Bad signs early
From the U.S. Department of Health and Human Services, I’m Ira Dreyfuss with HHS HealthBeat.
It’s not high blood pressure, but it’s heading in that direction. And a lot of young adults have it.
It’s called prehypertension. And researchers have found that people with prehypertension by age 35 are more likely to have calcium in their heart arteries later in life. This means they’re at higher risk of a heart attack.
Mark Pletcher of the University of California, San Francisco, and his colleagues looked over data gathered with the support of the National Institutes of Health. About 20 percent had prehypertension.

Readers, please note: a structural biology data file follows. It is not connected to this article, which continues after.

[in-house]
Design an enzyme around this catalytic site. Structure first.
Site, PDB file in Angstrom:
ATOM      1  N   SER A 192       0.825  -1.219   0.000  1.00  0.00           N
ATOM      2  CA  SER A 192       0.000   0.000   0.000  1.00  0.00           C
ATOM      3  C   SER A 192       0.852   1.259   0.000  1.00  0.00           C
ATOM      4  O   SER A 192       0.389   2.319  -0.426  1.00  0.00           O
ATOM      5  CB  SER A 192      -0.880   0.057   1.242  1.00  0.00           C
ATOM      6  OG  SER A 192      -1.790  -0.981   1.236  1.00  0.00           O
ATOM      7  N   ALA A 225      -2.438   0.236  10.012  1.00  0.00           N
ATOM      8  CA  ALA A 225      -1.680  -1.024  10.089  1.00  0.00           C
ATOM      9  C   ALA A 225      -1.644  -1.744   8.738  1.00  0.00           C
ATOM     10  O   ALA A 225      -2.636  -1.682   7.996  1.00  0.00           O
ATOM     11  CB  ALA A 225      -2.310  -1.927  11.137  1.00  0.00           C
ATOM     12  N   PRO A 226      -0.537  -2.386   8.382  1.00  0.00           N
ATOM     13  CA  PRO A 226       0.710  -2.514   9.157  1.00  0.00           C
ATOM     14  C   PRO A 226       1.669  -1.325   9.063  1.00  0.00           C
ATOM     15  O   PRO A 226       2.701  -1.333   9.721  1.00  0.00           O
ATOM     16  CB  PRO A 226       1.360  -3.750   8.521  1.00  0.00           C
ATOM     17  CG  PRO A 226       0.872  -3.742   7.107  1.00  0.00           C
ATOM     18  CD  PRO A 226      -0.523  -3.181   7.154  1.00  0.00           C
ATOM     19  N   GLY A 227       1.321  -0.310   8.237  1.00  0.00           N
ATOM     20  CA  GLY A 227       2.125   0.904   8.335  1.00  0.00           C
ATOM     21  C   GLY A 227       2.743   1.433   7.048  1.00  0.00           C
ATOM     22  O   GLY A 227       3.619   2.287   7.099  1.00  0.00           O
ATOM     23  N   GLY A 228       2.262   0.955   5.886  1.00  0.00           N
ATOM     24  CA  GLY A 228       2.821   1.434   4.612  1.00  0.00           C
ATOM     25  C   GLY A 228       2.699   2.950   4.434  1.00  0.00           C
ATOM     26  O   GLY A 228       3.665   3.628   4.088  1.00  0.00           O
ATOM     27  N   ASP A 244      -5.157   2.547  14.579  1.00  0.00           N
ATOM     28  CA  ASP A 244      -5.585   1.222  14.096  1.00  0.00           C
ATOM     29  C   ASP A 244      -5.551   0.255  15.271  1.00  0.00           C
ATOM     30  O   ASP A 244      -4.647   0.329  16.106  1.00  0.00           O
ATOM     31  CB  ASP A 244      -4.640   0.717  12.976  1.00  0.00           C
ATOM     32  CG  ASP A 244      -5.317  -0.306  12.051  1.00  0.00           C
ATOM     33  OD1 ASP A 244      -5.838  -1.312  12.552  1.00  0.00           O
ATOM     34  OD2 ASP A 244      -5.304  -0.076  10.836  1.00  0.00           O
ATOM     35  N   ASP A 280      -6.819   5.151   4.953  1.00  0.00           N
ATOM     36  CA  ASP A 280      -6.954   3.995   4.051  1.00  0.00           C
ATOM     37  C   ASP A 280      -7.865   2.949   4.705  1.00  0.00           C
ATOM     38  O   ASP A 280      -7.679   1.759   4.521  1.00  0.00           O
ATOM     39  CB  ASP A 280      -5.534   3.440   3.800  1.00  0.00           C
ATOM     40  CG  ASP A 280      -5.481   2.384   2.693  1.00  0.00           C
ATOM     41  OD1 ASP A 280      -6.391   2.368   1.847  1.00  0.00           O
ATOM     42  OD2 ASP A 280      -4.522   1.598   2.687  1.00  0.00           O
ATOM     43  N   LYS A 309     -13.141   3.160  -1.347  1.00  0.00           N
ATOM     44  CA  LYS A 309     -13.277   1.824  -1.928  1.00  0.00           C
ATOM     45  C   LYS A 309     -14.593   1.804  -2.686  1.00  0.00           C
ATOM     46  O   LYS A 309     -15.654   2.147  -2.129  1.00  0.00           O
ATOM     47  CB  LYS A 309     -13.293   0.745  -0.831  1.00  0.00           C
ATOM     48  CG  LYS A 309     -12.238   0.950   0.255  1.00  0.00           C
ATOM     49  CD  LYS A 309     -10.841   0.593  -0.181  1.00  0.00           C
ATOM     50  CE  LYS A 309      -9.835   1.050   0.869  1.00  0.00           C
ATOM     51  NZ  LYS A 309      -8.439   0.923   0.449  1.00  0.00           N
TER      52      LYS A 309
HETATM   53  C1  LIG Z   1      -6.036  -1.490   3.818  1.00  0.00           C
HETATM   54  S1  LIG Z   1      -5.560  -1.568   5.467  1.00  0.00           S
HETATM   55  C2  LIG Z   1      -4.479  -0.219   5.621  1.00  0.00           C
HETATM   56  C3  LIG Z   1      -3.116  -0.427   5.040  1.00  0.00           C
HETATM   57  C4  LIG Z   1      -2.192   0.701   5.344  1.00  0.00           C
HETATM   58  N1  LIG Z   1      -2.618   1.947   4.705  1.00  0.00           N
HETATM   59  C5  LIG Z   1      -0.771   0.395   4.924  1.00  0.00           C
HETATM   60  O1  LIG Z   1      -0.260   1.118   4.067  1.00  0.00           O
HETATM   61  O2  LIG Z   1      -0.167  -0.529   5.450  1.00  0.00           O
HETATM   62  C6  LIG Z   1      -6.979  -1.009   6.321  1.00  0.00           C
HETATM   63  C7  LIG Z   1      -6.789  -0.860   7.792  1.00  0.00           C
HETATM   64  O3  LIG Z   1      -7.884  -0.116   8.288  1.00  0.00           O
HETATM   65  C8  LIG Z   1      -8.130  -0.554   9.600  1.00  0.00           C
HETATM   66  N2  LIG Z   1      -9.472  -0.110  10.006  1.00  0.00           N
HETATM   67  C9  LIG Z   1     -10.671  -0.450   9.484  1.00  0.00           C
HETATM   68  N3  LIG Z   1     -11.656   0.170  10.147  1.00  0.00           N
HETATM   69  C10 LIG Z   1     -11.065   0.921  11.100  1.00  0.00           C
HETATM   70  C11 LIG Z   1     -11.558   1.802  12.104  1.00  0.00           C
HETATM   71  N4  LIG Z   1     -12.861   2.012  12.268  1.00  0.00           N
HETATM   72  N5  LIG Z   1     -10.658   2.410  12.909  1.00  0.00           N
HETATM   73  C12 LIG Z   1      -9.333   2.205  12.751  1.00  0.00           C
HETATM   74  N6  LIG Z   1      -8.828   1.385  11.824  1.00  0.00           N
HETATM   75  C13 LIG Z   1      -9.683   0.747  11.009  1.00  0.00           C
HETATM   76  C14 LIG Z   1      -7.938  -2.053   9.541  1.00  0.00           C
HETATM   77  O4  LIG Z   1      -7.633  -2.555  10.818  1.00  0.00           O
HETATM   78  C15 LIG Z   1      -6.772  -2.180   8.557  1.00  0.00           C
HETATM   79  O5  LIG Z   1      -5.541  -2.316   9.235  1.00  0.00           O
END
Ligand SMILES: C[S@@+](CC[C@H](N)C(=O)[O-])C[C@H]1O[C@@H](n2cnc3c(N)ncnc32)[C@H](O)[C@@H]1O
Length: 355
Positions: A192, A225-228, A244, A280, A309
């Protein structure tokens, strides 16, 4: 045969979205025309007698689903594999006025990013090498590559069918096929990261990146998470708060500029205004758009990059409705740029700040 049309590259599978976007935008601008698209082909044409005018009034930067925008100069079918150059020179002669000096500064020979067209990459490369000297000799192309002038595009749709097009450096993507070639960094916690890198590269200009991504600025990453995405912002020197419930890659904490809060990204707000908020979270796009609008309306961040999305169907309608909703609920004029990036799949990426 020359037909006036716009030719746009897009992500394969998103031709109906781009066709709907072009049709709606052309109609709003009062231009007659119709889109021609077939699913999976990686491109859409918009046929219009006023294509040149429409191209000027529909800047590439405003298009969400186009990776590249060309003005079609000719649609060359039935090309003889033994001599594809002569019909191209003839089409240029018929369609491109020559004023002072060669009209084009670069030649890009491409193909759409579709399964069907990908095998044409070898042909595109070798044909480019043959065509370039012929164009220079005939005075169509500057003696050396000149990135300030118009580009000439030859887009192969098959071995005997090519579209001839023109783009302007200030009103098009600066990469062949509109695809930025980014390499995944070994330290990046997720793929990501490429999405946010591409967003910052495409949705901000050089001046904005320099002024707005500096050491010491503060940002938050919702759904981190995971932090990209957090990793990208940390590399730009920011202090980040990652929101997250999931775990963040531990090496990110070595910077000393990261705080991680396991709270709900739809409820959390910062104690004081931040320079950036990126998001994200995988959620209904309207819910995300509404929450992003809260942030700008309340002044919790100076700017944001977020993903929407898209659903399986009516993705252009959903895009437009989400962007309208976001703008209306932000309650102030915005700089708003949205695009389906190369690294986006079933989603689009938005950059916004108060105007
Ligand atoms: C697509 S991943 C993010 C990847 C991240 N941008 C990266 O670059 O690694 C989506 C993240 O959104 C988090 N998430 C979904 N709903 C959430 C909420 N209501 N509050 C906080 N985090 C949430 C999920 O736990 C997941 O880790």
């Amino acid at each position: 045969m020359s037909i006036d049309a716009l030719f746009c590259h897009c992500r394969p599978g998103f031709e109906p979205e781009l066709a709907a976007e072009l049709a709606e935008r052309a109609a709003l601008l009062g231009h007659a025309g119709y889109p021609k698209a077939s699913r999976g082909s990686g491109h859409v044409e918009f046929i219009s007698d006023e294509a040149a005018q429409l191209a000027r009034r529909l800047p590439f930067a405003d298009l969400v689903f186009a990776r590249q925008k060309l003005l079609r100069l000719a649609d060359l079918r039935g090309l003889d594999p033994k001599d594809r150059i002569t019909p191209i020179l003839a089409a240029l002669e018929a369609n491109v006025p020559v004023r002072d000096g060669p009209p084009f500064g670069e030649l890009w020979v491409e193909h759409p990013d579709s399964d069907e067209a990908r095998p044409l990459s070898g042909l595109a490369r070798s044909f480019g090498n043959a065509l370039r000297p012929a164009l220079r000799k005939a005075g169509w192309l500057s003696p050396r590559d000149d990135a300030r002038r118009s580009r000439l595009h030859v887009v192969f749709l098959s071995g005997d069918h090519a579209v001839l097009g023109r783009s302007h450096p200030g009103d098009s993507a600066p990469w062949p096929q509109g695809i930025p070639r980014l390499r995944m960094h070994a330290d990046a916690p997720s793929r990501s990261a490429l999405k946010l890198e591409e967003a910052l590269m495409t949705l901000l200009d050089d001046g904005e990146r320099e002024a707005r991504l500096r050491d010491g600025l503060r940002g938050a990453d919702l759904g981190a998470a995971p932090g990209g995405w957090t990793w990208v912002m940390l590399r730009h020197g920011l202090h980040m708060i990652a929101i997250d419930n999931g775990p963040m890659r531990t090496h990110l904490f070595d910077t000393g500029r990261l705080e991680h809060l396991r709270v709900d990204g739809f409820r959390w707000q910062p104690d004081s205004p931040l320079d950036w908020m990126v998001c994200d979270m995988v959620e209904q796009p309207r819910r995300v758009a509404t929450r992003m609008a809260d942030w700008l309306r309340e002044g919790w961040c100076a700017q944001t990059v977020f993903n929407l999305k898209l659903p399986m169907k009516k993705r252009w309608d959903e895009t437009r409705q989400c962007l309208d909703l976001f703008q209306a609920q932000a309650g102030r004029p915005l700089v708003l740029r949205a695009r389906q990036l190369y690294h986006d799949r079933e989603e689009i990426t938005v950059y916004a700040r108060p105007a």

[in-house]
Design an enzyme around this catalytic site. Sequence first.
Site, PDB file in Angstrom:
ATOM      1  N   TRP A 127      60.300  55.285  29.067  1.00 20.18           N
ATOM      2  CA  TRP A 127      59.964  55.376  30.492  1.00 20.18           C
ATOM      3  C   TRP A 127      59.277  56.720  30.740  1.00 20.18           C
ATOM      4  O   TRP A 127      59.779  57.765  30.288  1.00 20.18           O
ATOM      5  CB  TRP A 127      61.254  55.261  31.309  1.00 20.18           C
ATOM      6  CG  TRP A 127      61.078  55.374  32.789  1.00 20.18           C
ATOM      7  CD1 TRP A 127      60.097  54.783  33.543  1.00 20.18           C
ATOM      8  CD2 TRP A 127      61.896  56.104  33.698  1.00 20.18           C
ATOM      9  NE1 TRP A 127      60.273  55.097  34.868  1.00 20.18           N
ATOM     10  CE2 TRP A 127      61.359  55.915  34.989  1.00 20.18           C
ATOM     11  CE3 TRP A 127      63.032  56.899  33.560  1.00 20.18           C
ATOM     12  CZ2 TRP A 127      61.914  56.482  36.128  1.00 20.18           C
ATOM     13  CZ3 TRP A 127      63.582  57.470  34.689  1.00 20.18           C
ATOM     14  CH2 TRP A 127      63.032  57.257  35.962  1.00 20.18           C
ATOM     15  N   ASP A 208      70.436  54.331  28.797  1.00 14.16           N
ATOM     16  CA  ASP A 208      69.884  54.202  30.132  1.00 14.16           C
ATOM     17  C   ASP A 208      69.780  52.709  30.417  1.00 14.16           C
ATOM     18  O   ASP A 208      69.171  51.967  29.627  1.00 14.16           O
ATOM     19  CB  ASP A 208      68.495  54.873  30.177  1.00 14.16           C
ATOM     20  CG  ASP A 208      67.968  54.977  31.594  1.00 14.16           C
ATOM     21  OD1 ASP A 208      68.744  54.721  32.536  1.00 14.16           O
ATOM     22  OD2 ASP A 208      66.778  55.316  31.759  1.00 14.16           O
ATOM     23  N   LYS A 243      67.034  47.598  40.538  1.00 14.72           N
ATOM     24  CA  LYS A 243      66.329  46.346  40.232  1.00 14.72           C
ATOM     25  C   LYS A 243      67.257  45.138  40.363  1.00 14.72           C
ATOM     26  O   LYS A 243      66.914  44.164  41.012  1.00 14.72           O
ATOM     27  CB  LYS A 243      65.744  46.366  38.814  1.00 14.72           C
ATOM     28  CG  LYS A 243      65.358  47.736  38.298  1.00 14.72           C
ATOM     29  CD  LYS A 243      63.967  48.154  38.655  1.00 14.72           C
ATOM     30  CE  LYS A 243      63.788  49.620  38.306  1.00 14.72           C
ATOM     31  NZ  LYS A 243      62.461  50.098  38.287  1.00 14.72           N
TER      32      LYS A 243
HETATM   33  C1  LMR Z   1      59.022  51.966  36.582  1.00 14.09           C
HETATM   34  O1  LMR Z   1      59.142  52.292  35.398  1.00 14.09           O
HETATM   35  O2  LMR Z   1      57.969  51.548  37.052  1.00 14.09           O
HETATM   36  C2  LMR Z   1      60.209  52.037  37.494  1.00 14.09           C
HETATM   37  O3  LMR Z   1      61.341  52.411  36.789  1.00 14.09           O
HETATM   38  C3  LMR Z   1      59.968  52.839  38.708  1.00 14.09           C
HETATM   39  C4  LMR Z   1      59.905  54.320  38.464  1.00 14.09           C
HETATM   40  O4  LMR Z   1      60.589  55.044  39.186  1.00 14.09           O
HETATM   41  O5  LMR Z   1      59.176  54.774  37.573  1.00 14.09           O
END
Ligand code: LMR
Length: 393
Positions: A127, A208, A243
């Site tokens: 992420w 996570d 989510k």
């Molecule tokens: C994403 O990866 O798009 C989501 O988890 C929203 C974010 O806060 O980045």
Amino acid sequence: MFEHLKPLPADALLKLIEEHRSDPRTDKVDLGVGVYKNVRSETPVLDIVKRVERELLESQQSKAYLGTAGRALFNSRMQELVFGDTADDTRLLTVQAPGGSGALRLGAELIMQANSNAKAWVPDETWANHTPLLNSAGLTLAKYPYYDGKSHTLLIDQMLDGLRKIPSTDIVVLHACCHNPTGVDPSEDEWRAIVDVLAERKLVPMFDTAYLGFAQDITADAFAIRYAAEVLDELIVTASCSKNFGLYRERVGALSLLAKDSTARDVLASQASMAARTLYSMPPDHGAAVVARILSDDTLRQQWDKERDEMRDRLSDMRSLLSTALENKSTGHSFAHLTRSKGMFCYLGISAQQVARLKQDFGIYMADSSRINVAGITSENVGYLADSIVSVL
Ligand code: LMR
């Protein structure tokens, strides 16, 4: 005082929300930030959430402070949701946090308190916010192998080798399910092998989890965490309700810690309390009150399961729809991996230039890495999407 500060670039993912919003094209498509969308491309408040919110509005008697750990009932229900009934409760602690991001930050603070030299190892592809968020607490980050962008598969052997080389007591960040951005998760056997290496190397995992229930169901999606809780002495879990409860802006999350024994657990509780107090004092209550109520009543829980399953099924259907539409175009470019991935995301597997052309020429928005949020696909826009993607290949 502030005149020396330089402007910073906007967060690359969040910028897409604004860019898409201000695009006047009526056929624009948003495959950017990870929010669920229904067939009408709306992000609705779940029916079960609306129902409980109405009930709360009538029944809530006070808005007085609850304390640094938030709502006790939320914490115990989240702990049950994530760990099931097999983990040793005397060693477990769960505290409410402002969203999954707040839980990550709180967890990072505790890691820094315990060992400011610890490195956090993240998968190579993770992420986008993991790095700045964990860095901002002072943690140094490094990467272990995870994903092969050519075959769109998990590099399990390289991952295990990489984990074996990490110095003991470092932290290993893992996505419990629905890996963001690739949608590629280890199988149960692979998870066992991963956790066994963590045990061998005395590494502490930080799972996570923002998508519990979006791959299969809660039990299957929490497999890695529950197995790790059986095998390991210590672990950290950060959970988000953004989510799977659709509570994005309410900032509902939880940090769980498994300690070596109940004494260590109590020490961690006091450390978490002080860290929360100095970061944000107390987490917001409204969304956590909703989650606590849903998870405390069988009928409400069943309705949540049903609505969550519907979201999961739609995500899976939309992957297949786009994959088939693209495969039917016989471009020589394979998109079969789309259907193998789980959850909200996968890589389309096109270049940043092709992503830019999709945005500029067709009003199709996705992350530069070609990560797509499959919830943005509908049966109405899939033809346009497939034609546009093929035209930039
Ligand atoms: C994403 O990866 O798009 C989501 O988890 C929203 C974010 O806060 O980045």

``We think that if your blood pressure is over 120 over 80, that appears to be a risk factor for heart disease later in life, and shouldn’t be ignored.’’ (7 seconds)
Pletcher recommends regular physical activity, healthy eating and weight control.
The study is in Annals of Internal Medicine.
Learn more at hhs.gov.
HHS HealthBeat is a production of the U.S. Department of Health and Human Services. I’m Ira Dreyfuss.
Last revised: May 7, 2011